Copyright 1998 Reed Business Information, Inc. --This text refers to an out of print or unavailable edition of this title.
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Top Customer Reviews
The book shows the demanding schedule required of those who wish to attend the hands down best cooking school in America, and possibly the world. It should be required reading for all who want to cook for a living.
I like that Ruhlman goes into detail about the life philosophy of "Mise en Place", French for Things in Place. The term, in its strictest sense, means to have all of your ingredients chopped up and arranged logically, all of your pots, pans, and utensils ready to go. In a more general way, it means to be organized and professional. Good term, that.
Anyway, it's a good peek into the kitchen. Enjoy!
The book is a reporting on Ruhlman's taking an abbreviated version of the full curriculum at the Culinary Institute of America (CIA), where only the President of the school and a few select senior instructors know of the author's real role at the school. This means that when the author did attend classes, he attended the full class, from start to finish, and was expected to perform as well as any other student. While the CIA has many of the appearances of a liberal arts college, it is much closer in practice to a trade school. One symptom of this is that the stocks produced by the basic kitchen skills classes are then used by other classes at the school and they are used by each of the four restaurants run by the school for students, faculty, and outside guests. In a sense, this is a mix of trade school and graduate school, where it is expected that no one will do work worthy of a grade less than a B-.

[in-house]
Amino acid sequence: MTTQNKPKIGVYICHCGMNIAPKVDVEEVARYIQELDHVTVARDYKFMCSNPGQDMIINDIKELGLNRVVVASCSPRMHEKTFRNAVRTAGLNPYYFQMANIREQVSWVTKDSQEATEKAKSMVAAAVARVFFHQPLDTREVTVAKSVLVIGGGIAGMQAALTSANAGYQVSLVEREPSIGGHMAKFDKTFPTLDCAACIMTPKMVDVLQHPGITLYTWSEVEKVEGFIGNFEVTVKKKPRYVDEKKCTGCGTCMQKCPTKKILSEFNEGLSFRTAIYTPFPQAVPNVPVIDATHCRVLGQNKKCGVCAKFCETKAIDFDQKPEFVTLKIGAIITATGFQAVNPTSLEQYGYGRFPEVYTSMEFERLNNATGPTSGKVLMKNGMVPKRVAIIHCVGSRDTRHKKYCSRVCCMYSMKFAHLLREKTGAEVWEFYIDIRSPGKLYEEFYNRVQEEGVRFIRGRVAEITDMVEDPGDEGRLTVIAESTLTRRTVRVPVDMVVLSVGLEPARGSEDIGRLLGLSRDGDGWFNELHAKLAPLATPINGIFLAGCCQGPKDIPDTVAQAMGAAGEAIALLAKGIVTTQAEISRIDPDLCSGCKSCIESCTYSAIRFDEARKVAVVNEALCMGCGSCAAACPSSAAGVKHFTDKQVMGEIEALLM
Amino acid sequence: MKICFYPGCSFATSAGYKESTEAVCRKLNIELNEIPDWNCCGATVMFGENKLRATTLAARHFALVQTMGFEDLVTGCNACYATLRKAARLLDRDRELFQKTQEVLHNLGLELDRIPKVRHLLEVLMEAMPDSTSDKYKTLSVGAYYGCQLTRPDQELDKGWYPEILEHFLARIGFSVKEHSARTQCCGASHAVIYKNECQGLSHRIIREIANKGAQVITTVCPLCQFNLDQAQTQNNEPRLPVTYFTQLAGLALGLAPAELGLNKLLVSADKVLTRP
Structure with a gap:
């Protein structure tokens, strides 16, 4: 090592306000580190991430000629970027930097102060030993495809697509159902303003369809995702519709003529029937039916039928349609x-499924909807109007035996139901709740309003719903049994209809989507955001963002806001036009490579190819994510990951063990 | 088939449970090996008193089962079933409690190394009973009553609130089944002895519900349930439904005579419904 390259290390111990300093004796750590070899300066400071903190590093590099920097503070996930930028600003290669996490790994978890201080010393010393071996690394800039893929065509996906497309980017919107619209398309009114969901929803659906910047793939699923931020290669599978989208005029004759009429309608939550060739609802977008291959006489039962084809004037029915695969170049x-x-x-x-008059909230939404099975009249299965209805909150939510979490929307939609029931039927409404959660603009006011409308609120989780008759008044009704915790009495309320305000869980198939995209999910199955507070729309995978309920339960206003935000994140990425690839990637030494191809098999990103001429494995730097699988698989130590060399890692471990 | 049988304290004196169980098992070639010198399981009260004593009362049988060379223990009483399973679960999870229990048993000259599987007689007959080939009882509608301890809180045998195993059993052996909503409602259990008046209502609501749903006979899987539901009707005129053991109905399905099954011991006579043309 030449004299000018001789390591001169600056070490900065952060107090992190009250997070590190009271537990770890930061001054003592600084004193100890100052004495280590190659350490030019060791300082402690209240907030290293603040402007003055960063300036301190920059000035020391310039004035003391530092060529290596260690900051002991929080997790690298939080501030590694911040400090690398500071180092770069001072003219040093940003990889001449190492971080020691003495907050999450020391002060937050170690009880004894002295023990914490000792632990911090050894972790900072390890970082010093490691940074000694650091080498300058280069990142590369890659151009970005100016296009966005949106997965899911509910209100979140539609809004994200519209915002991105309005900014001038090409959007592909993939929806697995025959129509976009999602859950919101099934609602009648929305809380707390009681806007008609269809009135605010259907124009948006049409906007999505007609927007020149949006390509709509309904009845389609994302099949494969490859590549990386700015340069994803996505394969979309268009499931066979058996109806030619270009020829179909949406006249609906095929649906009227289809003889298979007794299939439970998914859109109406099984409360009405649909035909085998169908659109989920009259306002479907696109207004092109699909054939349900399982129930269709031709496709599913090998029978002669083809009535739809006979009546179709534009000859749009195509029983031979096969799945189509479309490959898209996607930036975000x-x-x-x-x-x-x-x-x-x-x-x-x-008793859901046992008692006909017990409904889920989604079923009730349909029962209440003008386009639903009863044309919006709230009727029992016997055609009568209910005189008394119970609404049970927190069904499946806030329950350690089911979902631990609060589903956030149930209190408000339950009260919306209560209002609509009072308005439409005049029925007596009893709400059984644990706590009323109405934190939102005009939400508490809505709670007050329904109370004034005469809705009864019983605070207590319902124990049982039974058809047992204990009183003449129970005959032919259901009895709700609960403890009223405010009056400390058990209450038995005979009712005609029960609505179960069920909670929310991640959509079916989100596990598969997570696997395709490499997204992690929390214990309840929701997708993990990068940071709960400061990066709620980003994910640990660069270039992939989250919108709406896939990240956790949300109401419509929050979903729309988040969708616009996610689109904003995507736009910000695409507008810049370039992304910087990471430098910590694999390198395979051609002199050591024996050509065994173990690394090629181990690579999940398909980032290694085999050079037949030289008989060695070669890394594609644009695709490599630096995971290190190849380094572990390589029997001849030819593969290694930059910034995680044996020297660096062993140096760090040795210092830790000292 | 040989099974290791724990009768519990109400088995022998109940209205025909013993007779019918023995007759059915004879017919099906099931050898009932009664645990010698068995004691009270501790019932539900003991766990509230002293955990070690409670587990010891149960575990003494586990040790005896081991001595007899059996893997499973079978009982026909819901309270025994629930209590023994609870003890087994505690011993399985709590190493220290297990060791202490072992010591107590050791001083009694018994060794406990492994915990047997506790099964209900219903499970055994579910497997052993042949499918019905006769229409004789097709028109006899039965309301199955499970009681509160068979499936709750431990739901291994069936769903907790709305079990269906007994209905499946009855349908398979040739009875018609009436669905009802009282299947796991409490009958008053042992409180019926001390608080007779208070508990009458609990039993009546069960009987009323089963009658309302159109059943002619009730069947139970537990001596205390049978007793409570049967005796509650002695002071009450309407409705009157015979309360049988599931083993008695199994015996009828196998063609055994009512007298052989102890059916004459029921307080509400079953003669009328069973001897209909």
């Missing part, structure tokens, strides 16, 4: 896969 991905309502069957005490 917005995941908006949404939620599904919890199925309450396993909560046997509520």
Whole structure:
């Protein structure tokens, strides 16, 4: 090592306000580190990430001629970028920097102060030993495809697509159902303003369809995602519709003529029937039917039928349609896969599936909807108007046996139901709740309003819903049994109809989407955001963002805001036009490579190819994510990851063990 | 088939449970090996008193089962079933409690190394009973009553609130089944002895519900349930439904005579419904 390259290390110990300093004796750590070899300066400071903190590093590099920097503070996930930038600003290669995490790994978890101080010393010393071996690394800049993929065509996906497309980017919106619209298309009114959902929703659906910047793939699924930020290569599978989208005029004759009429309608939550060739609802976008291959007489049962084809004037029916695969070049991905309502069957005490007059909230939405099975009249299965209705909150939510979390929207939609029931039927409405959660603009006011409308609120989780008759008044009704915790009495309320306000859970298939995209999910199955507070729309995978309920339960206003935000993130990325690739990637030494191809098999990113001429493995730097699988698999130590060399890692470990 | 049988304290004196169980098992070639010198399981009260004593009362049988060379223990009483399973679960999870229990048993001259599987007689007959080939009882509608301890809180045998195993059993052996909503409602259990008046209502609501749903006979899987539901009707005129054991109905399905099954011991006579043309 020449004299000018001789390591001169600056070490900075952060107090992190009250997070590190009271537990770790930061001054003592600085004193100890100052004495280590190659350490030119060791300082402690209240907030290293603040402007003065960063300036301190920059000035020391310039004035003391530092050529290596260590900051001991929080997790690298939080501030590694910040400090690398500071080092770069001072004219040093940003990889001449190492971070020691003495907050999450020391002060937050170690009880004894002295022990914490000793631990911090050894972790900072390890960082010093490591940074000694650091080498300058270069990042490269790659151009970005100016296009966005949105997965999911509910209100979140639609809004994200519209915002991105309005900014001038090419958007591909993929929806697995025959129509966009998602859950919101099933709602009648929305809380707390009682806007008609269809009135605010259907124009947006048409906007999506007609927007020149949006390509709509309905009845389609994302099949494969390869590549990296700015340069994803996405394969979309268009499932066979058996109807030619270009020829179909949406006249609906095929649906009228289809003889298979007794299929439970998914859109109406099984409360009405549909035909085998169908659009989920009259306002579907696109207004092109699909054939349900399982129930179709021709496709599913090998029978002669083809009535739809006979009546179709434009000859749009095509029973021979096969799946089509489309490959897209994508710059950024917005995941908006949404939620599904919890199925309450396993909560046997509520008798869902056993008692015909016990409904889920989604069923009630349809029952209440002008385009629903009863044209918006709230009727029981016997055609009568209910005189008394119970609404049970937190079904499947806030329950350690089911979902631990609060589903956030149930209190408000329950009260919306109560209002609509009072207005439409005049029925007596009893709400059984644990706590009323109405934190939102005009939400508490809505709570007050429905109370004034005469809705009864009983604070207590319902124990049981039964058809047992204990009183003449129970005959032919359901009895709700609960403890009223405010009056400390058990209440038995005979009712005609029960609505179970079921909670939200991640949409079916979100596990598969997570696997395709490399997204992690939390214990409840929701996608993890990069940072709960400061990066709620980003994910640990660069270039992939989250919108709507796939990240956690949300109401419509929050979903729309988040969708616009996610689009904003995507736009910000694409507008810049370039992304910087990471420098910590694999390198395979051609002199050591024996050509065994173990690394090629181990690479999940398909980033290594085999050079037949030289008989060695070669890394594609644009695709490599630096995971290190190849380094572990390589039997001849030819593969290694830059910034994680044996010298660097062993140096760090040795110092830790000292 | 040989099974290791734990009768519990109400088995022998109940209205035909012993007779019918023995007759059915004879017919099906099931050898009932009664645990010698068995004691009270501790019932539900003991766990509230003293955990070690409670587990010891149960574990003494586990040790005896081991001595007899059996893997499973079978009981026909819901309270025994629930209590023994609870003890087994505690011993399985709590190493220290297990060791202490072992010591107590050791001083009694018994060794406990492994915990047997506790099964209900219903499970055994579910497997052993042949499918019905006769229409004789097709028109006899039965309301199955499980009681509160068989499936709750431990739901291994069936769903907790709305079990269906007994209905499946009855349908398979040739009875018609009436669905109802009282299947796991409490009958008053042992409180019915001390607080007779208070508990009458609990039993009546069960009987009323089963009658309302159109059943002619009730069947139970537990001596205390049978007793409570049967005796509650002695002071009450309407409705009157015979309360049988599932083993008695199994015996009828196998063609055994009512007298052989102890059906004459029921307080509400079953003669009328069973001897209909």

The epiphany that reveals how serious the culinary profession is about uninterrupted service comes early in the first year when the school is hit by a serious snowstorm and the author considers whether or not he should attempt the difficult trek into the school.Read more ›